The Journey to Publication

Acceptance and Publication: A War of Attrition?

I’ve been out querying and feeling a bit down about my writing lately – one of the low points in the ride, perhaps – and my husband suggested that I had to consider the process towards publication like a war of attrition.

I got the feeling he meant I couldn’t simply give up, but I had to actually look up what he meant for a definition this morning. For those of you as “familiar” with this term as I was, here are some definitions:

war of attrition plural wars of attrition [countable]
a struggle in which you harm your opponent in a lot of small ways, so that they become gradually weaker (source: Longman online dictionary)
In game theory, the war of attrition is a model of aggression in which two contestants compete for a resource of value V by persisting while constantly accumulating costs over the time t that the contest lasts. The model was originally formulated by John Maynard Smith[1], a mixed evolutionary stable strategy (ESS) was determined by Bishop & Cannings[2]. Strategically, the game is an auction, in which the prize goes to the player with the highest bid, and each player pays the loser’s low bid (making it an all-pay sealed-bid second-price auction). (source: Wikipedia, along with a much longer and more detailed definition.)
The way he put it, basically you have to continue to query and submit until eventually, you win because the other “player” (in this case the agents and publishers) simply give in.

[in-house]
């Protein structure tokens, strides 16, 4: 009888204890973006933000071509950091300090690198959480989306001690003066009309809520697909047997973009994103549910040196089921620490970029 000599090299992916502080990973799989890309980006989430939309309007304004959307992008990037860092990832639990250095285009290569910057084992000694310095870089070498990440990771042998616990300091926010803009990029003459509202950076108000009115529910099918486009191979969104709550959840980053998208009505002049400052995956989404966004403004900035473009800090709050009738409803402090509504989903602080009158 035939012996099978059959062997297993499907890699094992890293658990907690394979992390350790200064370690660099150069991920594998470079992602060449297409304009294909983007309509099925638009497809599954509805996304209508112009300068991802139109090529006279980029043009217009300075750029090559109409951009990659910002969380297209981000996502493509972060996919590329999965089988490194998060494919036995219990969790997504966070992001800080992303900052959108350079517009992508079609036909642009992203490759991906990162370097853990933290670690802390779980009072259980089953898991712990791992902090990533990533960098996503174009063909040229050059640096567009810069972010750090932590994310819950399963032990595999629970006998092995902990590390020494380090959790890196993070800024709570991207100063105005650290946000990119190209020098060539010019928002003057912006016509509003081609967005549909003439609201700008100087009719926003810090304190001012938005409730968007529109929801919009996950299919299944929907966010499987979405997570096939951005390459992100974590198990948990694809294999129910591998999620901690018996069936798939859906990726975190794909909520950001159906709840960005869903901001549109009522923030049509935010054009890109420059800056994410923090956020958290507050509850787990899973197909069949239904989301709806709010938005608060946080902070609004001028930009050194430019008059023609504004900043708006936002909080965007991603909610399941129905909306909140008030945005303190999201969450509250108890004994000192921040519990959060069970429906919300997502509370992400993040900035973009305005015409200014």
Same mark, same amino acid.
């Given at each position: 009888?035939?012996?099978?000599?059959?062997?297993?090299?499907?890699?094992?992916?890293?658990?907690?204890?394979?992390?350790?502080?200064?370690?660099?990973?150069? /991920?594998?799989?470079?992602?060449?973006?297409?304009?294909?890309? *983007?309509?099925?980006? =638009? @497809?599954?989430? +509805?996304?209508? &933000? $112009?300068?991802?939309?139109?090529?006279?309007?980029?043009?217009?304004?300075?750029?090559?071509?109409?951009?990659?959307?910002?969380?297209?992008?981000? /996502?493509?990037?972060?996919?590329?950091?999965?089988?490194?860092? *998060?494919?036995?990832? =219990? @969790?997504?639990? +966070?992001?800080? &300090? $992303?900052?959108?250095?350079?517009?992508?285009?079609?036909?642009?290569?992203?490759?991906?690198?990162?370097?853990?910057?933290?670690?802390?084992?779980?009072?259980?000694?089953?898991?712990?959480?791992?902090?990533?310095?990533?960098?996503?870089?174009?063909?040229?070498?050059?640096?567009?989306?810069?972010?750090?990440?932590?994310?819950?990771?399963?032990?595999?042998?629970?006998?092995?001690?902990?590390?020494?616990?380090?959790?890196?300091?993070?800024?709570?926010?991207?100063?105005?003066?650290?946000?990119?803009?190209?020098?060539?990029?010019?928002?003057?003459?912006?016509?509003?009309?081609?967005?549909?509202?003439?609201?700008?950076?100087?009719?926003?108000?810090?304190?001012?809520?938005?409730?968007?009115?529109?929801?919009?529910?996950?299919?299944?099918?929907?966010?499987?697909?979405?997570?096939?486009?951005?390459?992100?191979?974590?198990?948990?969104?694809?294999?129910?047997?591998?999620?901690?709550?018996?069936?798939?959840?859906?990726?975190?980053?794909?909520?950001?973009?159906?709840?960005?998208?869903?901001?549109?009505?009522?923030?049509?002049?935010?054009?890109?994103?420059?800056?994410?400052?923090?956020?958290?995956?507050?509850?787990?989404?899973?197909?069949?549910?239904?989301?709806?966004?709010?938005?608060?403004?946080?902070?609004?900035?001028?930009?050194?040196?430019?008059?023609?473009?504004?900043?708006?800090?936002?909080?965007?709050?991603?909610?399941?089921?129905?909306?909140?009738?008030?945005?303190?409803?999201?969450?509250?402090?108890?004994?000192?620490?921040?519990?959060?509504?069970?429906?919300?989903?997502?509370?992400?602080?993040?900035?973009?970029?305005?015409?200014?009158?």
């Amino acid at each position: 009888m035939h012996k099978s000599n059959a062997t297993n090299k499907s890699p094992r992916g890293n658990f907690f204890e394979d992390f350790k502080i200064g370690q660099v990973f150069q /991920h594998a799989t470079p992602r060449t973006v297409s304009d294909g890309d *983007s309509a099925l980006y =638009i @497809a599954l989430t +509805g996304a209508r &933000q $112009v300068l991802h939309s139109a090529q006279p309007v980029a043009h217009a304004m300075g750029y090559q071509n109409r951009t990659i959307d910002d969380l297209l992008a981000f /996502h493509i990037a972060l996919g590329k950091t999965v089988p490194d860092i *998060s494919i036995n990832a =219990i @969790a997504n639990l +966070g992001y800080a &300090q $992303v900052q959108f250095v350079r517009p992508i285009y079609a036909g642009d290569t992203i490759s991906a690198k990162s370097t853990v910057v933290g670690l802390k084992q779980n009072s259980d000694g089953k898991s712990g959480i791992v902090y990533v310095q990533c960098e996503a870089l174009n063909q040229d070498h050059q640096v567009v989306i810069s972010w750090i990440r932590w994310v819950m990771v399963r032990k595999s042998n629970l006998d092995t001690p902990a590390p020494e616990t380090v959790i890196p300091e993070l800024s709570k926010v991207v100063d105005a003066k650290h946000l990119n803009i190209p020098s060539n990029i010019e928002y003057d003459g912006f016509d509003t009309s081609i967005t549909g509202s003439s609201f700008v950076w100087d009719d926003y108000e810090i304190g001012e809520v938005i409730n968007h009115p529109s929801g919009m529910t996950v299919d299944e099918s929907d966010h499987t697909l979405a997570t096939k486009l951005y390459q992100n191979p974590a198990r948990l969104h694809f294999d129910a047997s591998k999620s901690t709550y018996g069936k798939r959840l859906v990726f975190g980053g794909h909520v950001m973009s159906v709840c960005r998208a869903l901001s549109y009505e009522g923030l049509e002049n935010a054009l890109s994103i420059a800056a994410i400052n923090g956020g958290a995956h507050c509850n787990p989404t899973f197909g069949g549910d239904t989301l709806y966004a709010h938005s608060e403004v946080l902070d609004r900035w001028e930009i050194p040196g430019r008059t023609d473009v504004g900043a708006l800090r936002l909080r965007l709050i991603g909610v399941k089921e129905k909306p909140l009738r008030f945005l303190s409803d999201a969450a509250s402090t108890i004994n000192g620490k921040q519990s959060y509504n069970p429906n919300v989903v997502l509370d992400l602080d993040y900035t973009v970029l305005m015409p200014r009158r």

I’m not sure I agree – in fact, I’m pretty sure I don’t.
While I do believe it’s important that we continue to get our work out there, to never give up (especially on the days you really want to), I think instead of a war of any kind, it’s more like you’re continuing on a hunt for the right “match.” Hmm, instead of a war of attrition, maybe it’s a bit more like the children’s game, Snap – you know, the one where you have a whole bunch of cards facedown, and you turn up one and then go hunting for the matching card. You win the pair if you find the match. If you don’t, you turn them both back over and start again on your next turn.
I suppose my opposition to the progress towards publication being like a war of attrition, is that it assumes a winner and loser, one side eventually admitting defeat; a rejection isn’t a loss, but simply a lack of match.
So, what do you think?
Thanks for reading, and have a great day.